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Bricks & Sticks

by Desi Auciello

Desi Auciello is the 2006 GTHBA President, and is also president of Cachet Estate Homes.

CMHC enhances housing affordability

Date: July 7, 2006

Last week, I mentioned that there have been some developments on the mortgage insurance front which should have positive impacts on home buyers.

The Canadian Home Builders' Association notes that half of all Canadians are now using high-ratio mortgages, prompting the federal government to allow more competition. 

Currently, there are only two players in the mortgage insurance market -- Canada Mortgage and Housing Corporation and Genworth Financial Canada-- however Ottawa has received at least two applications by U.S. mortgage insurers to enter the Canadian market.

The federal government has also increased the guarantee for insurers from $100 billion to $200 billion. 

In a related move, the government announced it is proposing to lower the mortgage down payment consumers are required to make to 20 per cent from 25 per cent before the law requires the purchase of mortgage insurance. 

Legislation based on the proposals will be introduced this fall and will be studied by a parliamentary committee before passage, expected next winter, pending an election.

Lower payments

Amid all of this change, CMHC recently announced even more dramatic enhancements to its mortgage insurance products. In particular, CMHC is eliminating application fees, offering insurance for mortgages with longer amortizations and insuring interest-only mortgages.

Applications fees for mortgage insurance typically range from $165 to $235, over and above the insurance premium.  Effective June 28th, CMHC has eliminated application fees on all high-ratio mortgages.

CMHC is also moving to facilitate homeownership by introducing extended amortization periods of up to 35 years, which will reduced the monthly carrying cost of homeownership. For example, on a $200,000 home with a five per cent down payment, the monthly payment drops from $1,215 at the standard 25 year amortization, to $1,075 with the 35 year amortization.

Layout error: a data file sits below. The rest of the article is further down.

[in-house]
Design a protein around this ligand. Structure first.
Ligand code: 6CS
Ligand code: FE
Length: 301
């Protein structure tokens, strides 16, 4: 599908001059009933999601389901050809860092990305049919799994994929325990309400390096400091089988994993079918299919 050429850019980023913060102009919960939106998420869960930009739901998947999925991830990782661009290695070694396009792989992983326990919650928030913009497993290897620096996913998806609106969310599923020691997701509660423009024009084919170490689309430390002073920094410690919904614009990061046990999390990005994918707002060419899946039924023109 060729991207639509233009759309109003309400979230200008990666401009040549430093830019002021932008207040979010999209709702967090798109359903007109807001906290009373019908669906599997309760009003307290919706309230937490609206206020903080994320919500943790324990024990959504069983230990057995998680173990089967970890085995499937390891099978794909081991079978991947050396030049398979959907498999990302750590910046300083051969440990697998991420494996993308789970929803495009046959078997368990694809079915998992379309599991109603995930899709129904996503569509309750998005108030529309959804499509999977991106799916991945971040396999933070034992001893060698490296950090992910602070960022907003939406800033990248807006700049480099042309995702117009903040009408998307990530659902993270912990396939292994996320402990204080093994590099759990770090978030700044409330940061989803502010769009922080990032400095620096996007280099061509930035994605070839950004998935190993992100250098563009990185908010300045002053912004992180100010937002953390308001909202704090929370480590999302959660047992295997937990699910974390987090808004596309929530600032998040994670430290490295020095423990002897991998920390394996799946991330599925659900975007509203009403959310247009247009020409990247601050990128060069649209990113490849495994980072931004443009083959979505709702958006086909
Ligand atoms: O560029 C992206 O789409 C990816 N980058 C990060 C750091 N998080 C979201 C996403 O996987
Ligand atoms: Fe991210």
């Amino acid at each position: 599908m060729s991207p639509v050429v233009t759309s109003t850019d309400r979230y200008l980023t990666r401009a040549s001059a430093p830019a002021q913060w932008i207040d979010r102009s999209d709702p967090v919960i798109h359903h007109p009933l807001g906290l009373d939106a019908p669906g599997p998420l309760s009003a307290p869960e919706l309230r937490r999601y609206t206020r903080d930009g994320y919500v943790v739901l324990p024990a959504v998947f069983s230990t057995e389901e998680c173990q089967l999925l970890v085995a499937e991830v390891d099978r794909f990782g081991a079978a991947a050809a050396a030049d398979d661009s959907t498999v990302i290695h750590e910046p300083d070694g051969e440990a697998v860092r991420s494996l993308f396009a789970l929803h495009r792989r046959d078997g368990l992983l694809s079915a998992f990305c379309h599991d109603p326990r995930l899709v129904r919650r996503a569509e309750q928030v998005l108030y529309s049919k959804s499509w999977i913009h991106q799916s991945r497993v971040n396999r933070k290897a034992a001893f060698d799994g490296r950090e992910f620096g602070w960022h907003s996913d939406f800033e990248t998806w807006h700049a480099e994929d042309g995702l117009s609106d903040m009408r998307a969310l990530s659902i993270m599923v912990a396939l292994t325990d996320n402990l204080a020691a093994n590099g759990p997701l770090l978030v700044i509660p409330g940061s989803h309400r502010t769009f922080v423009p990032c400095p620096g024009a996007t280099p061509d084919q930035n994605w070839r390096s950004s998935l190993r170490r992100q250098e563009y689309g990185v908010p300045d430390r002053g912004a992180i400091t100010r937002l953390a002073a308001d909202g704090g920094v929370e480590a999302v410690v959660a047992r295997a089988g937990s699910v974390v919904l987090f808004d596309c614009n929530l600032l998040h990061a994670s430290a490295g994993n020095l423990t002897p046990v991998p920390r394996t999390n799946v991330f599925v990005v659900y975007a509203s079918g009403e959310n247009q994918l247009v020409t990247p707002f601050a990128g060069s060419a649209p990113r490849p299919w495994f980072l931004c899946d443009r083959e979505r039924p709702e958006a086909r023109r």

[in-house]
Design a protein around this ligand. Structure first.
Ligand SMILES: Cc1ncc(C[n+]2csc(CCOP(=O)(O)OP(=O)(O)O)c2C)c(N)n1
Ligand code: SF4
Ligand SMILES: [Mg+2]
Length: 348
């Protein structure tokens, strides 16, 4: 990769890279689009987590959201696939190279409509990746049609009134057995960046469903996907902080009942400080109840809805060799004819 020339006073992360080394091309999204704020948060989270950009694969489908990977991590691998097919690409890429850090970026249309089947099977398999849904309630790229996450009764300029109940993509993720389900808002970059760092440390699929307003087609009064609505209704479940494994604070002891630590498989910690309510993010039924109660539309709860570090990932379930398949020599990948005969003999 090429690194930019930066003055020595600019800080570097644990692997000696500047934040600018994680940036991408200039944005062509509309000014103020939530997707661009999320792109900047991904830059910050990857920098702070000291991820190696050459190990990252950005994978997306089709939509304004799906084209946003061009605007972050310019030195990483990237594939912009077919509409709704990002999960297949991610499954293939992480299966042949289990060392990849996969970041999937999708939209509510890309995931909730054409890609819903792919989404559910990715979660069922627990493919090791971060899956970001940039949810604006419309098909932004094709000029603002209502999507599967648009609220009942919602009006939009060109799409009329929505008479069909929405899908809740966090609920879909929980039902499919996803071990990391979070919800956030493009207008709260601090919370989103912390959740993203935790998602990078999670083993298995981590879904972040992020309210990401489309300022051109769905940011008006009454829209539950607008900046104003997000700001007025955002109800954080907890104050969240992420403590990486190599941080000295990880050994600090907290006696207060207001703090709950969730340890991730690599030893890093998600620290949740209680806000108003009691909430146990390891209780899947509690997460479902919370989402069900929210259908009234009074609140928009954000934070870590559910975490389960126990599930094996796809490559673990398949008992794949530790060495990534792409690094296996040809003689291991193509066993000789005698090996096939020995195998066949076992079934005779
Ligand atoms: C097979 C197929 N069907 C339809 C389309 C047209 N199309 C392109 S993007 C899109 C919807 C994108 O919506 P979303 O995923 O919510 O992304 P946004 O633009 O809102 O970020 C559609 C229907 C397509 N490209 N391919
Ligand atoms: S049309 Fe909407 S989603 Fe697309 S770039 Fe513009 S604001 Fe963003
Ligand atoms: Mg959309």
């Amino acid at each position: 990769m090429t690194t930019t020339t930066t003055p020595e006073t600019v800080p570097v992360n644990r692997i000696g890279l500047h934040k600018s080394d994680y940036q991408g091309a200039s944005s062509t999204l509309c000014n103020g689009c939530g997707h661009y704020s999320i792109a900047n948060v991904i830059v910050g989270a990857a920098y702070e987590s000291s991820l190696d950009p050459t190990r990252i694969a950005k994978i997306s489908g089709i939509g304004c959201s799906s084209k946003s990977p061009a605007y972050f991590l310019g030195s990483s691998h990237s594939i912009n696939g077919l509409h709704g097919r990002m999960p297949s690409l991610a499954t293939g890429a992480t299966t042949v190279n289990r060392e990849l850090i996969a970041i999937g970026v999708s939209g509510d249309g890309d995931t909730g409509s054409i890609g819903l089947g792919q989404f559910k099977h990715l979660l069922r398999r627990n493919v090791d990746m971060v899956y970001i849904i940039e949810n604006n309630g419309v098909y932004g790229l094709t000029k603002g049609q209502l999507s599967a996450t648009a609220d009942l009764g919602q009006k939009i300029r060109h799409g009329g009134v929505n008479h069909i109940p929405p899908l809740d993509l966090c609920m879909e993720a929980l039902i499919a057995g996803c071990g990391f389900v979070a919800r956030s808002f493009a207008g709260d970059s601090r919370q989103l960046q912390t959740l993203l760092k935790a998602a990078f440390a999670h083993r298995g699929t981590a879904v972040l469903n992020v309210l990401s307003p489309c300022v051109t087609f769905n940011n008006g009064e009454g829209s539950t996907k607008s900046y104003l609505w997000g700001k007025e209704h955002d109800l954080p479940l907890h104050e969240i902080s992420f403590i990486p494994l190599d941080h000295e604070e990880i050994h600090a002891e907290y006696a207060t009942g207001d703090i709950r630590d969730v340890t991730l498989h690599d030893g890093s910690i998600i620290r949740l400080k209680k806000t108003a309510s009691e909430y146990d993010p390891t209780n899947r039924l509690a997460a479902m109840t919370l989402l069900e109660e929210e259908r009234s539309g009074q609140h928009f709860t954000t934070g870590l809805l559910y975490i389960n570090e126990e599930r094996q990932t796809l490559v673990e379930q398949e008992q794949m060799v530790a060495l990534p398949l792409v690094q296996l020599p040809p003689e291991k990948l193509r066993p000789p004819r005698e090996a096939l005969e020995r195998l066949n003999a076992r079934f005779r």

In addition, CMHC will provide mortgage insurance that allows lenders to offer borrowers with a proven history of managing their credit responsibly, the option of making interest-only mortgage payments for up to the first 10 years when they purchase or refinance their home.

"These innovative financial solutions will allow more Canadians to buy homes, and to do so sooner," said Karen Kinsley, president of CMHC. "By reducing costs and increasing flexibility, CMHC continues to help Canadians realize their dreams of homeownership."

CMHC has been Canada's national housing agency for over 60 years. CMHC is committed to helping Canadians access a wide choice of quality, affordable homes, while making vibrant, healthy communities and cities a reality across the country.

Fun stats

Recent statistics on new home size and amenities out of the U.S. National Association of  Home Builders reveal some fascinating trends, most of which have been mirrored if not in whole, substantially in part, here in Canada.
The NAHB reports that:

  • the average floor area in a newly built home in 2005 reached an all-time high of 2,434 square feet, up from just 1,645 square feet in 1975;
  • more than half of all newly built single family homes in 2004 - 58 per cent -- had nine foot or higher ceilings on the first floor, up from an estimated 15 per cent of homes 30 years ago;
  • the percentage of homes built with garages for three cars or more has doubled from 10 per cent in 1991 to 20 per cent in 2005;
  • what has shrunk over the years is lot size, which U.S. census data shows has dropped from a median of about 10,000 square feet in 1990 to 8,500 sq. feet today. This is one area where Canada has not mirrored the U.S. - our average lot sizes would be much smaller;
  • between 1975 and 2005, the percentage of homes built with air conditioning went from 46 per cent to 89 per cent;
  • as of 2005, just over one quarter of newly built homes were built with three or more bathrooms, up from an estimated 5 per cent in 1975;
  • the portion of homes built with 1.5 bathrooms or less has declined from 41 per cent to just over 4 per cent over the past 30 years;
  • statistics collected as far back as 1992 indicate a growing trend toward including porches and/or patios in new home designs and a decline in the share of homes built with decks.
  • And to conclude with the story on storeys, the proportion of one-storey homes has declined from 65 per cent in 1975 to 44 per cent in 2005 (we would be much lower in Canada), while the number of two-storey homes has increased from 23 to 55 per cent.